Can friendship survive on letters alone? Elizabeth and Tara*Starr, who've vowed to be friends forever, spend their seventh grade year finding out.
Elizabeth is shy and quiet, and lives in a huge house with her parents and little sister, plus a maid, a cook, a gardener, and a swimming pool. Tara*Starr lives with parents, who are only seventeen years older and much less responsible than she is, she wears glitter and sequins, and loves being the center of attention. Naturally, they're best friends – they have been ever since Tara*Starr and her parents moved to town three years ago. They spent 4th, 5th, and 6th grades together. But during the summer between 6th and 7th grades, Tara*Starr and her parents move again, this time to Ohio, states and states away.
Instead of doing everything together and talking for hours on the phone everyday, Tara*Starr and Elizabeth can only write letters – their parents have decided against phone calls, unless it's an emergency. And sometimes letters just aren't enough. Tara*Starr's parents start to act like real parents, getting good jobs, making new rules, and being responsible. But at the same time, Elizabeth's family is falling apart. Her father seems to spend all this time at work, and refuses to explain why. Her mother won't explain either, saying that it's grown-up business. Elizabeth is left to wonder if her parents are getting a divorce, her father is having an affair, or if there is something else going on.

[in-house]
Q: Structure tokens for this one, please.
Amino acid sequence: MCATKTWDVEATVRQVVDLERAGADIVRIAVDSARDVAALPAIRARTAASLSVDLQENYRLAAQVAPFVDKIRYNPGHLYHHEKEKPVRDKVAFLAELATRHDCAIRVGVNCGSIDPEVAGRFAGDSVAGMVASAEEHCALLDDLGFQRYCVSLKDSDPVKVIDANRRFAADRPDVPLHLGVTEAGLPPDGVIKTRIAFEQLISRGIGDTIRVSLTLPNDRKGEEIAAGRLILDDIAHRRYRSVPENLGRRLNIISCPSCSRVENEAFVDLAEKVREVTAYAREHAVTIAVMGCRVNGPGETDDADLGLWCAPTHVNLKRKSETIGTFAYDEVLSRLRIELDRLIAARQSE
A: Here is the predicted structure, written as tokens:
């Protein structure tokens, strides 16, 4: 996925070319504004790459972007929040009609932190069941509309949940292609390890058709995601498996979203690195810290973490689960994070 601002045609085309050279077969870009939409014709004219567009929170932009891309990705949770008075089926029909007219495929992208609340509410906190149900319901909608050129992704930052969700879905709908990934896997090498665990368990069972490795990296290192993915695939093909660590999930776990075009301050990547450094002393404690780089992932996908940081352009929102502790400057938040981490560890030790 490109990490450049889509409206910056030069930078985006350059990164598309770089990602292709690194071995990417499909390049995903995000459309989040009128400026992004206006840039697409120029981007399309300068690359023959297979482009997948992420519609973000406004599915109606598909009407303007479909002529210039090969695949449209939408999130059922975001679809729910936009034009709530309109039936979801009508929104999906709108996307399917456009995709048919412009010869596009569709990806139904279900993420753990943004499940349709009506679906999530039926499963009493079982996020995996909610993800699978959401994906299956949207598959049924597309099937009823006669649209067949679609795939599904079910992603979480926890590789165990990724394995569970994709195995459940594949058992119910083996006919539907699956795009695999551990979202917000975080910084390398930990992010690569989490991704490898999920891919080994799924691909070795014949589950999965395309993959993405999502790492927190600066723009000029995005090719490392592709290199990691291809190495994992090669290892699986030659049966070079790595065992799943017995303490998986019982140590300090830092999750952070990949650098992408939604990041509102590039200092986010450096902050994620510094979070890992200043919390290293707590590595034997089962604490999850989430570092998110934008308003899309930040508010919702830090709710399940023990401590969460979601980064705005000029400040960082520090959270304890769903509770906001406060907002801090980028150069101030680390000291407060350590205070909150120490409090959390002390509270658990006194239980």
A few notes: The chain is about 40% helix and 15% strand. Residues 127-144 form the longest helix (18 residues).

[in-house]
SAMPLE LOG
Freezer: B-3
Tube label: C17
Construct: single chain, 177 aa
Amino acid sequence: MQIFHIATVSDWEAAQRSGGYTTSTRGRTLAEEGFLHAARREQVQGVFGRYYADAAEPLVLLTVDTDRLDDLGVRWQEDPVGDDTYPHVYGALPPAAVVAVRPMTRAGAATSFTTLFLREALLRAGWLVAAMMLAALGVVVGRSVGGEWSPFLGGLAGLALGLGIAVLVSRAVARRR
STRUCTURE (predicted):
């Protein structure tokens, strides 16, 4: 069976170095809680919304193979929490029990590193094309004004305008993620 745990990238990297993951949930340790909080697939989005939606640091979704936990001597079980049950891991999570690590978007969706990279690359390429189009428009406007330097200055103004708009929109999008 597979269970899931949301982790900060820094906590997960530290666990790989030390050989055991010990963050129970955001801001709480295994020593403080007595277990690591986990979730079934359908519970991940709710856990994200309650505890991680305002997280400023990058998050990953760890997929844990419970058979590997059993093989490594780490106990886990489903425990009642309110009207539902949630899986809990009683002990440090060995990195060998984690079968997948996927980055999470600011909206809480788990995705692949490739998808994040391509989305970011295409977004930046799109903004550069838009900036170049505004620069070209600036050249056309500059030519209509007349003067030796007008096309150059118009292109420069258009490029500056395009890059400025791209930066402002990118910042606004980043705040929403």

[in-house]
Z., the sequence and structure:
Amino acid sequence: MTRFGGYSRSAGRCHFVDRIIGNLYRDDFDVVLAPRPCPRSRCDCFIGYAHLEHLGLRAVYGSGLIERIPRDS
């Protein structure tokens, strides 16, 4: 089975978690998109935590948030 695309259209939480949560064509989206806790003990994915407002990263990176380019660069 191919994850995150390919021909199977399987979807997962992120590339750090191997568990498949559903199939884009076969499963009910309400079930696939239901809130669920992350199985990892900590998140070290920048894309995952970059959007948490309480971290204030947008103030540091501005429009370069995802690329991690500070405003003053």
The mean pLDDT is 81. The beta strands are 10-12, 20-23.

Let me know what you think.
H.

Soon Tara*Starr is more worried about Elizabeth than she is about all the problems she's having with a new school and with what seems to be a new set of parents, but letters just aren't enough anymore. You can't share things in letters the way you can in person or even over the phone. Misunderstandings are easier, and ending fights is much more difficult. Can the two girls’ friendship survive? Read their letters and find out!
Snail Mail, No More (a sequel to P.S. Longer Letter Later)
This Booktalk was written by librarian and booktalking expert Joni R. Bodart